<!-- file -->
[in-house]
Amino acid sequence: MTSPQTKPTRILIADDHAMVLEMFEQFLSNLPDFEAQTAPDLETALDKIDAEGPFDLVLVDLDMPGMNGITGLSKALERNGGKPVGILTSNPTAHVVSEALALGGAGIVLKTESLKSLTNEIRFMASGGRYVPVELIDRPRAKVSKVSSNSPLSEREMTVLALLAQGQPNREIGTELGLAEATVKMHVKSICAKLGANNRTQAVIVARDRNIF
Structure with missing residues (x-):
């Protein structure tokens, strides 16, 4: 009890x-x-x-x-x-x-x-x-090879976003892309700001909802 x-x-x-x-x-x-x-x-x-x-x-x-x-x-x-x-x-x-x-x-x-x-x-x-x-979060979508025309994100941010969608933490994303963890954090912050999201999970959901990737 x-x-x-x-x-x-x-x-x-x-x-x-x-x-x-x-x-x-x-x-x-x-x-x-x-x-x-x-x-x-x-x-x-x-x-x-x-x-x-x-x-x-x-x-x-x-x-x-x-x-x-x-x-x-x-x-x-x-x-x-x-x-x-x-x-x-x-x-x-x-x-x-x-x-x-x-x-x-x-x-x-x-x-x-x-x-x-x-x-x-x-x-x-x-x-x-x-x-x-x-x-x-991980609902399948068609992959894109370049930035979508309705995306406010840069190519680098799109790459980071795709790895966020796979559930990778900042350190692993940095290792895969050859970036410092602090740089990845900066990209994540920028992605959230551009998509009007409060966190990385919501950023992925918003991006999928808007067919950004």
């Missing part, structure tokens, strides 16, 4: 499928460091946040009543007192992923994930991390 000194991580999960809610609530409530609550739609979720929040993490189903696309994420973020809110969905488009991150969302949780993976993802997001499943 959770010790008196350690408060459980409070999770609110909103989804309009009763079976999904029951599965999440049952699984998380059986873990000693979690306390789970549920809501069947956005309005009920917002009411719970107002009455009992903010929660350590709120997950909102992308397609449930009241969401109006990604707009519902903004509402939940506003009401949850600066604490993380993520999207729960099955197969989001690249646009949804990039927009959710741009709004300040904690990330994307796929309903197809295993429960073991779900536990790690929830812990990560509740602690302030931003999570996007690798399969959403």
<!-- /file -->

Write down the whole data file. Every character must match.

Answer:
[in-house]
Amino acid sequence: MTSPQTKPTRILIADDHAMVLEMFEQFLSNLPDFEAQTAPDLETALDKIDAEGPFDLVLVDLDMPGMNGITGLSKALERNGGKPVGILTSNPTAHVVSEALALGGAGIVLKTESLKSLTNEIRFMASGGRYVPVELIDRPRAKVSKVSSNSPLSEREMTVLALLAQGQPNREIGTELGLAEATVKMHVKSICAKLGANNRTQAVIVARDRNIF
Structure with missing residues (x-):
């Protein structure tokens, strides 16, 4: 009890x-x-x-x-x-x-x-x-090879976003892309700001909802 x-x-x-x-x-x-x-x-x-x-x-x-x-x-x-x-x-x-x-x-x-x-x-x-x-979060979508025309994100941010969608933490994303963890954090912050999201999970959901990737 x-x-x-x-x-x-x-x-x-x-x-x-x-x-x-x-x-x-x-x-x-x-x-x-x-x-x-x-x-x-x-x-x-x-x-x-x-x-x-x-x-x-x-x-x-x-x-x-x-x-x-x-x-x-x-x-x-x-x-x-x-x-x-x-x-x-x-x-x-x-x-x-x-x-x-x-x-x-x-x-x-x-x-x-x-x-x-x-x-x-x-x-x-x-x-x-x-x-x-x-x-x-991980609902399948068609992959894109370049930035979508309705995306406010840069190519680098799109790459980071795709790895966020796979559930990778900042350190692993940095290792895969050859970036410092602090740089990845900066990209994540920028992605959230551009998509009007409060966190990385919501950023992925918003991006999928808007067919950004």
């Missing part, structure tokens, strides 16, 4: 499928460091946040009543007192992923994930991390 000194991580999960809610609530409530609550739609979720929040993490189903696309994420973020809110969905488009991150969302949780993976993802997001499943 959770010790008196350690408060459980409070999770609110909103989804309009009763079976999904029951599965999440049952699984998380059986873990000693979690306390789970549920809501069947956005309005009920917002009411719970107002009455009992903010929660350590709120997950909102992308397609449930009241969401109006990604707009519902903004509402939940506003009401949850600066604490993380993520999207729960099955197969989001690249646009949804990039927009959710741009709004300040904690990330994307796929309903197809295993429960073991779900536990790690929830812990990560509740602690302030931003999570996007690798399969959403």